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About Omaha daily bee. (Omaha [Neb.]) 187?-1922 | View Entire Issue (Dec. 7, 1903)
TIIH OMAI.A DAILY HEE: MONDAY. DECEMBER 7. 1003.
The Omaha Daily Dee
E. ROSHWATER. KD1TOR.
PUItMSHED F.VRRT MORNtNO.
TERMS OP BI R8(JRIPT10N.
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THBJ BEE PUBLISHING COMPANY.
8TATEMENT OP CIRCULATION,
tat of Nebraska, Douglas County, as.:
George B. Tsschuck, aecretary of The Be.
Publishing Company, being duly sworn,
aaya that the- actual number of full and
completa copies of The Dally Morning,
Kvenlng nnd Bunday Bee printed during
the month of November, 19ttf, wag as fol
11 '. 2,tOS
13. . .
I,rs unsold and returned copies.
Net otat sales..
Net average sales.
QKO. B. TZ8CHUCK. .
Subscribed In my presence and sworn to
before me this 30tU day of November, A.
l. 1H03. M. B. H UNGATE, .
(Boal.) Notary public.
Cripple Creek has become the scat of
Life in tho Colorado coal mining
camps is not all thut it Is cracked up
The English Winston Churcbii! thinks
f coming over for an American wife.
Now who will htart tho bidding?
John Mitchell did not te the gov
ernor of Colorado, becanse the governor
of Colorado saw John Mitchell first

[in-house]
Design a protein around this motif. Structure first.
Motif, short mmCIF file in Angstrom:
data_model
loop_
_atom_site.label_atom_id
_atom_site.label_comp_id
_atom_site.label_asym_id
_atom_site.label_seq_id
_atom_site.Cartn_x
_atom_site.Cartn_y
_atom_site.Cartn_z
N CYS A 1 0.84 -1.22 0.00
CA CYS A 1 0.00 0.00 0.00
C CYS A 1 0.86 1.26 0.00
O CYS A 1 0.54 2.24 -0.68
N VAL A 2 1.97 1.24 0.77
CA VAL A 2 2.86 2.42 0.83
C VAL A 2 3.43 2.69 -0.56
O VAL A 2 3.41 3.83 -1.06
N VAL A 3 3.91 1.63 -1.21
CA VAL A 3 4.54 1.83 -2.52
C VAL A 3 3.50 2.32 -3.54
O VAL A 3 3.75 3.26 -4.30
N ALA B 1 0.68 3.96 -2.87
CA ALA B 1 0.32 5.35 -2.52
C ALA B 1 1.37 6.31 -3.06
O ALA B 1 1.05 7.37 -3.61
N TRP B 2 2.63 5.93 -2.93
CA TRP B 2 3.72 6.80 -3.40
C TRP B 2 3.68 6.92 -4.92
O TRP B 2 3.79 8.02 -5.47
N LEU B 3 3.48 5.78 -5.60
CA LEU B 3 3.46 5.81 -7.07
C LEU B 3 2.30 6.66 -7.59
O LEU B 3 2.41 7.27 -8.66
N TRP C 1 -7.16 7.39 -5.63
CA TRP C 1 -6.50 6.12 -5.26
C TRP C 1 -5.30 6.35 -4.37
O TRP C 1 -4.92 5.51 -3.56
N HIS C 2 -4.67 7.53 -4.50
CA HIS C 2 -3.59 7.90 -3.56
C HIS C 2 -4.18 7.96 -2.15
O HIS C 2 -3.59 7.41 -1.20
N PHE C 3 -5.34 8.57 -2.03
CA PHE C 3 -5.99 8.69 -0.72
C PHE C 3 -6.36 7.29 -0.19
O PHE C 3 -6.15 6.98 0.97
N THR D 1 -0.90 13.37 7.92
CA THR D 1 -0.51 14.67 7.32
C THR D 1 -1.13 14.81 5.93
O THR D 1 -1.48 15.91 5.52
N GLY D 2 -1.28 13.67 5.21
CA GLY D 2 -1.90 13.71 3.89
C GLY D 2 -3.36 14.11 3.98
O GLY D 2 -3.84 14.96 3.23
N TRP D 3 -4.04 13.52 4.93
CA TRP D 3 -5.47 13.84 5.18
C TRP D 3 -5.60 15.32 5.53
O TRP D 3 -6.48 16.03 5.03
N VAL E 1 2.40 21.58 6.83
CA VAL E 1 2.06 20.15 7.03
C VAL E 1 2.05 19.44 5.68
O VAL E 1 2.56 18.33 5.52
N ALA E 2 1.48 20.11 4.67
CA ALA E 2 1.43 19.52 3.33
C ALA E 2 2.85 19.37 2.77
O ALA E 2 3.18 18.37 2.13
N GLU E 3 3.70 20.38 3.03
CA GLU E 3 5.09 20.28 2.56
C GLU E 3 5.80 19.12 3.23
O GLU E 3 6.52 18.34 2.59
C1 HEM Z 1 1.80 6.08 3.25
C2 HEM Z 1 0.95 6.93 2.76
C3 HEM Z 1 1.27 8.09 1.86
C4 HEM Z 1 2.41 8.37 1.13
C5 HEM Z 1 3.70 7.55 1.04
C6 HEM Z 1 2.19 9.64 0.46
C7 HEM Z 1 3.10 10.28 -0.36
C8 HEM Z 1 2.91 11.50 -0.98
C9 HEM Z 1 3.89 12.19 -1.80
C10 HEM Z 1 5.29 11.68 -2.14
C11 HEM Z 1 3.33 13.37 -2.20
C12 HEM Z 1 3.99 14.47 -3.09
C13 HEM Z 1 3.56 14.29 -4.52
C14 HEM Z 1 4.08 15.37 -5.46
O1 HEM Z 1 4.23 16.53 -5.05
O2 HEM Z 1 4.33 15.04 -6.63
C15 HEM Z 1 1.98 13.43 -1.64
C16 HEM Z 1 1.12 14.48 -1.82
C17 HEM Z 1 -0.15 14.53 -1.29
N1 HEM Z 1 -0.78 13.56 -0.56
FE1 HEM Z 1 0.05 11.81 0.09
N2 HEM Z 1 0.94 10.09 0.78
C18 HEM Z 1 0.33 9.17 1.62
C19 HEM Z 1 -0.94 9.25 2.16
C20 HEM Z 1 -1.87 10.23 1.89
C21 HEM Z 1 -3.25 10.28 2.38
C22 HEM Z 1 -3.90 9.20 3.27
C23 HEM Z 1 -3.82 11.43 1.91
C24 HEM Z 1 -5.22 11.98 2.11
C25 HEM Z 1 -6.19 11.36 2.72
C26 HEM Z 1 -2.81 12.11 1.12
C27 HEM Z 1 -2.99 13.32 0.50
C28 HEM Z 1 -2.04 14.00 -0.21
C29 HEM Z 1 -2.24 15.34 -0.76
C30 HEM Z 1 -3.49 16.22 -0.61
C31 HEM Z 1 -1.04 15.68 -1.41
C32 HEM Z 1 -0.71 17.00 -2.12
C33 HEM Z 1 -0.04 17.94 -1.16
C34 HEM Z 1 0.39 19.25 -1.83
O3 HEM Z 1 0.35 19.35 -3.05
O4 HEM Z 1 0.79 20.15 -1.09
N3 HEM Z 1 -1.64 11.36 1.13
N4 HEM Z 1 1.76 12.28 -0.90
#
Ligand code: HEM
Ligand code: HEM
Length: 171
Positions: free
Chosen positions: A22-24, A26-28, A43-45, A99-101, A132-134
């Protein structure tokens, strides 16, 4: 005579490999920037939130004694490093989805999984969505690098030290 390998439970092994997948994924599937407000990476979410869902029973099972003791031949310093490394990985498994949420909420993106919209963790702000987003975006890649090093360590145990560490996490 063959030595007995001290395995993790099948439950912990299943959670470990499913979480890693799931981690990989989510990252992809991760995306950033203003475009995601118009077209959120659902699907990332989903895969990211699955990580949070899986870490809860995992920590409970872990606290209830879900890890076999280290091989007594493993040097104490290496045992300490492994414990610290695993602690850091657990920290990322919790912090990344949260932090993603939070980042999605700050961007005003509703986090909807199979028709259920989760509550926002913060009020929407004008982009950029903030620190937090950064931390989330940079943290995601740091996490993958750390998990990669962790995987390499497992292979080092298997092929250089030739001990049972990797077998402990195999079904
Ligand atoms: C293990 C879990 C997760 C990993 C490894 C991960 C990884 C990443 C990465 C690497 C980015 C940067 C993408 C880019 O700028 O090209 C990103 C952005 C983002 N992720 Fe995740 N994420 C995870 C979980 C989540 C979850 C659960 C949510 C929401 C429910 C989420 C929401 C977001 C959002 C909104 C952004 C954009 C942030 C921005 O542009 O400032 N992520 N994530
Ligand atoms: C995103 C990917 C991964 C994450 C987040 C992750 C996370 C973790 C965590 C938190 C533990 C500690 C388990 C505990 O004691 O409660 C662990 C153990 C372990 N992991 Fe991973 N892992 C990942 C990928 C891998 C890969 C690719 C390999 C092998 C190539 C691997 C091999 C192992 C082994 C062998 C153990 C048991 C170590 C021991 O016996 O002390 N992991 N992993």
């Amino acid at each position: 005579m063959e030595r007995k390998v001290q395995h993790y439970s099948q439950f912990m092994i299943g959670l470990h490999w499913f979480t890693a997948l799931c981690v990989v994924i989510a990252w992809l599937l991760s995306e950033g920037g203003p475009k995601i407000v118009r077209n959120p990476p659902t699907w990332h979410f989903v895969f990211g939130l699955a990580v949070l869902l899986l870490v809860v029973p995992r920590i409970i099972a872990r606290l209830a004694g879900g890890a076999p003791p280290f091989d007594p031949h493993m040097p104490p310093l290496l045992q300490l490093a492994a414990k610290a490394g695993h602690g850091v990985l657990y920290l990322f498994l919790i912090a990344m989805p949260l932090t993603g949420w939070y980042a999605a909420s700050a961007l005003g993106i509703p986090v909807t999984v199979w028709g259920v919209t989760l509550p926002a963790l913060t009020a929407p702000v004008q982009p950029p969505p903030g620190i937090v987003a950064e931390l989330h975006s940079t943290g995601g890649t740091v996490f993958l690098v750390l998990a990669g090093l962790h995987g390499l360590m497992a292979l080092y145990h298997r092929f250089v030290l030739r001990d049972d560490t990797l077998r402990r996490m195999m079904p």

Are those leakages from the grand
Jury room conveyed through a clnch
plpc, or are they only a pipe dream?
General Reyes probably thought the
bluo parlor was a very appropriate plac
for the performance of his miaslon ln
In its first speed test the new cruiser
Dcs Moines displayed the true Iowa
Spirit b dolng a little, better than he
v i-i'uirai'E cm lieu iur. -. - --
Omaha Is not ono bit afraid of the
bowing lt will make in the present
year's resume. Nor docs it fcuf Inability
to do still better ln 1004. -
The called session of congress ad
journed Saturday. The regular session
of congress Is now open. The king Is
dead. Long live the king! ' ' ' '
K very year nouie publications advance
their special numbers a little farther.
In auother din-udo we shall bo receiving
New Year editions in time for our mid